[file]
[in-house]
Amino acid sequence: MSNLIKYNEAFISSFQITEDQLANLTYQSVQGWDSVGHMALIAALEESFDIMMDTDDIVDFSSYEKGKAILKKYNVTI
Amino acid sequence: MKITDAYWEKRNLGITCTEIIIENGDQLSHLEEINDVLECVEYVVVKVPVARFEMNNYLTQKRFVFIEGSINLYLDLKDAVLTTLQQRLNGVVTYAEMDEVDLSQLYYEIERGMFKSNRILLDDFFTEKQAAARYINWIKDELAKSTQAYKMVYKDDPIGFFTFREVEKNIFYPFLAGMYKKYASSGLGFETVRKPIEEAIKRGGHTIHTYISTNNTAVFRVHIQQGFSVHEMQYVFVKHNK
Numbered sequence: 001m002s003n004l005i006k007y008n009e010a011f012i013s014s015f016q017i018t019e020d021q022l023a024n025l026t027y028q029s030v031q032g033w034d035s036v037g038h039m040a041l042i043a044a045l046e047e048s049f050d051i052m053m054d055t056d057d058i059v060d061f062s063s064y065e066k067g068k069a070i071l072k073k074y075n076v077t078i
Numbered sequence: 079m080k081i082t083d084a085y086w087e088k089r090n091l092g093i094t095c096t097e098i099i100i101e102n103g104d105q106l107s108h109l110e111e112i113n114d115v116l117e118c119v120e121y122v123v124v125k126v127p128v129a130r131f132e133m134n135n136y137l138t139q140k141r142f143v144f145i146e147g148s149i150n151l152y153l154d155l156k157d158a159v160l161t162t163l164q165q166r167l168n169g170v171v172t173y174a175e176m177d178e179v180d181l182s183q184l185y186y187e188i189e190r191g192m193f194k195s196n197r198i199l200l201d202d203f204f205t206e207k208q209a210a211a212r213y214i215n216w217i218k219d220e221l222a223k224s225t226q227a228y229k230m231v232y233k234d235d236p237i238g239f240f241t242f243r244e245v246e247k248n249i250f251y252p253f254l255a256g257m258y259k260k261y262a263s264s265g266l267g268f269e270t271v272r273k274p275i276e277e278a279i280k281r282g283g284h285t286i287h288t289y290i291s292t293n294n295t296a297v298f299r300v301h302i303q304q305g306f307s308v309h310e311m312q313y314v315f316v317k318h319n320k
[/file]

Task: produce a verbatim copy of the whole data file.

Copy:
[in-house]
Amino acid sequence: MSNLIKYNEAFISSFQITEDQLANLTYQSVQGWDSVGHMALIAALEESFDIMMDTDDIVDFSSYEKGKAILKKYNVTI
Amino acid sequence: MKITDAYWEKRNLGITCTEIIIENGDQLSHLEEINDVLECVEYVVVKVPVARFEMNNYLTQKRFVFIEGSINLYLDLKDAVLTTLQQRLNGVVTYAEMDEVDLSQLYYEIERGMFKSNRILLDDFFTEKQAAARYINWIKDELAKSTQAYKMVYKDDPIGFFTFREVEKNIFYPFLAGMYKKYASSGLGFETVRKPIEEAIKRGGHTIHTYISTNNTAVFRVHIQQGFSVHEMQYVFVKHNK
Numbered sequence: 001m002s003n004l005i006k007y008n009e010a011f012i013s014s015f016q017i018t019e020d021q022l023a024n025l026t027y028q029s030v031q032g033w034d035s036v037g038h039m040a041l042i043a044a045l046e047e048s049f050d051i052m053m054d055t056d057d058i059v060d061f062s063s064y065e066k067g068k069a070i071l072k073k074y075n076v077t078i
Numbered sequence: 079m080k081i082t083d084a085y086w087e088k089r090n091l092g093i094t095c096t097e098i099i100i101e102n103g104d105q106l107s108h109l110e111e112i113n114d115v116l117e118c119v120e121y122v123v124v125k126v127p128v129a130r131f132e133m134n135n136y137l138t139q140k141r142f143v144f145i146e147g148s149i150n151l152y153l154d155l156k157d158a159v160l161t162t163l164q165q166r167l168n169g170v171v172t173y174a175e176m177d178e179v180d181l182s183q184l185y186y187e188i189e190r191g192m193f194k195s196n197r198i199l200l201d202d203f204f205t206e207k208q209a210a211a212r213y214i215n216w217i218k219d220e221l222a223k224s225t226q227a228y229k230m231v232y233k234d235d236p237i238g239f240f241t242f243r244e245v246e247k248n249i250f251y252p253f254l255a256g257m258y259k260k261y262a263s264s265g266l267g268f269e270t271v272r273k274p275i276e277e278a279i280k281r282g283g284h285t286i287h288t289y290i291s292t293n294n295t296a297v298f299r300v301h302i303q304q305g306f307s308v309h310e311m312q313y314v315f316v317k318h319n320k